As a new school year dawns, the U.S. Department of Agriculture is reminding of its new rules against Gatorade and caffeine-filled drinks in school cafeterias — and it’s a matter of national security, they say.
“Obesity is not just a health issue,” Kevin Concannon, the department’s undersecretary for food, nutrition and consumer services, said in a statement reported by National Review earlier this month. “It is an economic and national security issue.”
The department’s new rules come in the form of Smart Snacks in School nutrition standards, part of the fallout from the first lady Michelle Obama-fueled Healthy, Hunger-Free Kids Act of 2010. Under the rules, middle schools can’t provide kids with Gatorade, some tea drinks, lemonades, fruit punches or caffeinated beverages.
Some schools are taking those standards of healthy eating to even higher levels.
National Review reported that Elyria city schools in Ohio have banned the sale of signature pink cookies, ending a 40-year-old tradition. South Carolina’s Socastee High School students won’t be able to buy Chick-fil-A sandwiches any longer at school. And Banks County schools in Georgia will shutter their vending machines during breakfast and lunch hours.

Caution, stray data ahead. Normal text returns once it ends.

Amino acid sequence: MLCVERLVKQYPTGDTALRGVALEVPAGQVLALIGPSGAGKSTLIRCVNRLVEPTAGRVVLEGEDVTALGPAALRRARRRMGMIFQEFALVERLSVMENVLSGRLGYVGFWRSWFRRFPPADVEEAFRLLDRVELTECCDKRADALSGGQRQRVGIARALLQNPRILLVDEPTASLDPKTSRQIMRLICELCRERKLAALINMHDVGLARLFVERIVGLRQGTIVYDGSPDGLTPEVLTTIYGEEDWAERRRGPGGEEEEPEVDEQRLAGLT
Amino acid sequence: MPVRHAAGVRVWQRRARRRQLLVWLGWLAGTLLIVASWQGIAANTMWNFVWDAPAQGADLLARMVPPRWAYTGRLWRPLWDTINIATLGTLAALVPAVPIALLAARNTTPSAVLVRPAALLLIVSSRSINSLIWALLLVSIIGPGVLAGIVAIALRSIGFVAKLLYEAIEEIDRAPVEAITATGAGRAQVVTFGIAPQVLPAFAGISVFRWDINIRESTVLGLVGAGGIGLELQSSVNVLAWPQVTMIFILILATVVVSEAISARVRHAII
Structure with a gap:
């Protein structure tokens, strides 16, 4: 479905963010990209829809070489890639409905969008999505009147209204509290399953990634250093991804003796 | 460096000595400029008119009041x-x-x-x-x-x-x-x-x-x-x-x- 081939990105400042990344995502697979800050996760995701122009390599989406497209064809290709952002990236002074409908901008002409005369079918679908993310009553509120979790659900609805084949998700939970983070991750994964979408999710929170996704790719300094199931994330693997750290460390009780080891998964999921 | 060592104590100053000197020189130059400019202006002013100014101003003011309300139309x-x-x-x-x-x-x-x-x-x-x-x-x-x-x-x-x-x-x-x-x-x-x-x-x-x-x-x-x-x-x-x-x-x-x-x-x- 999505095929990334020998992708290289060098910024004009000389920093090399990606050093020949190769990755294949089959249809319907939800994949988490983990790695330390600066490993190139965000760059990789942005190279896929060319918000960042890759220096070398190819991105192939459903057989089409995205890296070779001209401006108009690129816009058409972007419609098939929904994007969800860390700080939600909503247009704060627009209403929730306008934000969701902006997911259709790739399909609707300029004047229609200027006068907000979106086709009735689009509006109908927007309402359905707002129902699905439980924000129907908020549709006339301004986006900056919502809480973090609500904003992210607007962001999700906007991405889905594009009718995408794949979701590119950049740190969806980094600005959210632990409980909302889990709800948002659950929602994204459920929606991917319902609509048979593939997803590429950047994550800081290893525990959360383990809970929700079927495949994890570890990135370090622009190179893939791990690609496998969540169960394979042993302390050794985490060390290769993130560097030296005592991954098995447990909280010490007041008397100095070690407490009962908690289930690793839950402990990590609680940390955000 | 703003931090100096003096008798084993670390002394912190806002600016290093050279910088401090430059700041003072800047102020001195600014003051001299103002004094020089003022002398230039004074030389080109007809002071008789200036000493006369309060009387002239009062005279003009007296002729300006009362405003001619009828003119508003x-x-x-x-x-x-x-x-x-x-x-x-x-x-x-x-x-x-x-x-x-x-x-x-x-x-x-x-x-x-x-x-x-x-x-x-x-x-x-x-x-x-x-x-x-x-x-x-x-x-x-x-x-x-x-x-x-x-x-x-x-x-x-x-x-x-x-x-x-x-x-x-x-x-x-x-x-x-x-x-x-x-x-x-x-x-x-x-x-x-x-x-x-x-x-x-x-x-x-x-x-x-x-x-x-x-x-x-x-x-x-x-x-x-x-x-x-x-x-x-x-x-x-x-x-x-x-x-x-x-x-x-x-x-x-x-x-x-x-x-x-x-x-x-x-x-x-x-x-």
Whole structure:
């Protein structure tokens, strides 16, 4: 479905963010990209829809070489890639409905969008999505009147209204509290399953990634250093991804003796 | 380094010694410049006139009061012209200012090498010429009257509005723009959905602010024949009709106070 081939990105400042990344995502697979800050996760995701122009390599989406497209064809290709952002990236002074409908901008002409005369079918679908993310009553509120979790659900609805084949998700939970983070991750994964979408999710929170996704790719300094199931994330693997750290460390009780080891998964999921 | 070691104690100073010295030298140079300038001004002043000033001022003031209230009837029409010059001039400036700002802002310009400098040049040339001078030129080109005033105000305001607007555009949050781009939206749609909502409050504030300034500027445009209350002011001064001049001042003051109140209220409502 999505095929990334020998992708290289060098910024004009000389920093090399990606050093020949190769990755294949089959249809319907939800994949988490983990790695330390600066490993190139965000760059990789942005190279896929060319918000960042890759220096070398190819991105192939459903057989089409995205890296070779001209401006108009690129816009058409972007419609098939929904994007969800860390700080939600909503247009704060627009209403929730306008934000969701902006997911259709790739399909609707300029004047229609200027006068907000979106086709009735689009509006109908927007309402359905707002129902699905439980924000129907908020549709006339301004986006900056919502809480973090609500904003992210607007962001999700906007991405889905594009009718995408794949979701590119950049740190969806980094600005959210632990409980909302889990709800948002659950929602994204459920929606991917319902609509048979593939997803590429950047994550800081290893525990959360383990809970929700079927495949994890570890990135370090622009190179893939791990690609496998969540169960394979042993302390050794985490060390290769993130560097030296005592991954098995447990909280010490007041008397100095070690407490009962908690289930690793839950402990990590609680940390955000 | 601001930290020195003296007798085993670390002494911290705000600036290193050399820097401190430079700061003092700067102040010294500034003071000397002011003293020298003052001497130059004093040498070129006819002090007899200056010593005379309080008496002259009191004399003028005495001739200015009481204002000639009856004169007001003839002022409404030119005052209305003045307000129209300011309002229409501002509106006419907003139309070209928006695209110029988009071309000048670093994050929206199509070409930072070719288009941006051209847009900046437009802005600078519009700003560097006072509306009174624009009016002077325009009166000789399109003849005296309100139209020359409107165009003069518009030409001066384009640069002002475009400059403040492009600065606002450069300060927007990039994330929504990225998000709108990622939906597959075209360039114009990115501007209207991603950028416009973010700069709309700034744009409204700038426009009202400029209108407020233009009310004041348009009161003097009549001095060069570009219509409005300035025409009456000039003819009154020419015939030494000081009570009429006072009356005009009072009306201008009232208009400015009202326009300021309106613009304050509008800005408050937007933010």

Meanwhile, other healthy eating supporters have been pushing for even more regulatory controls on school fare: A Minnesota individual wanted to ban chocolate milk. A Massachusetts mom wanted to ban peanuts, the National Review reported.
The Department of Agriculture, meanwhile, has created a chart to help schools adjust to the new regulations.
One example of what the feds suggest: Switch out “chocolate sandwich cookies” like Oreos and “regular cola” like Coke with “light popcorn” and “no-calorie flavored water,” National Review reported.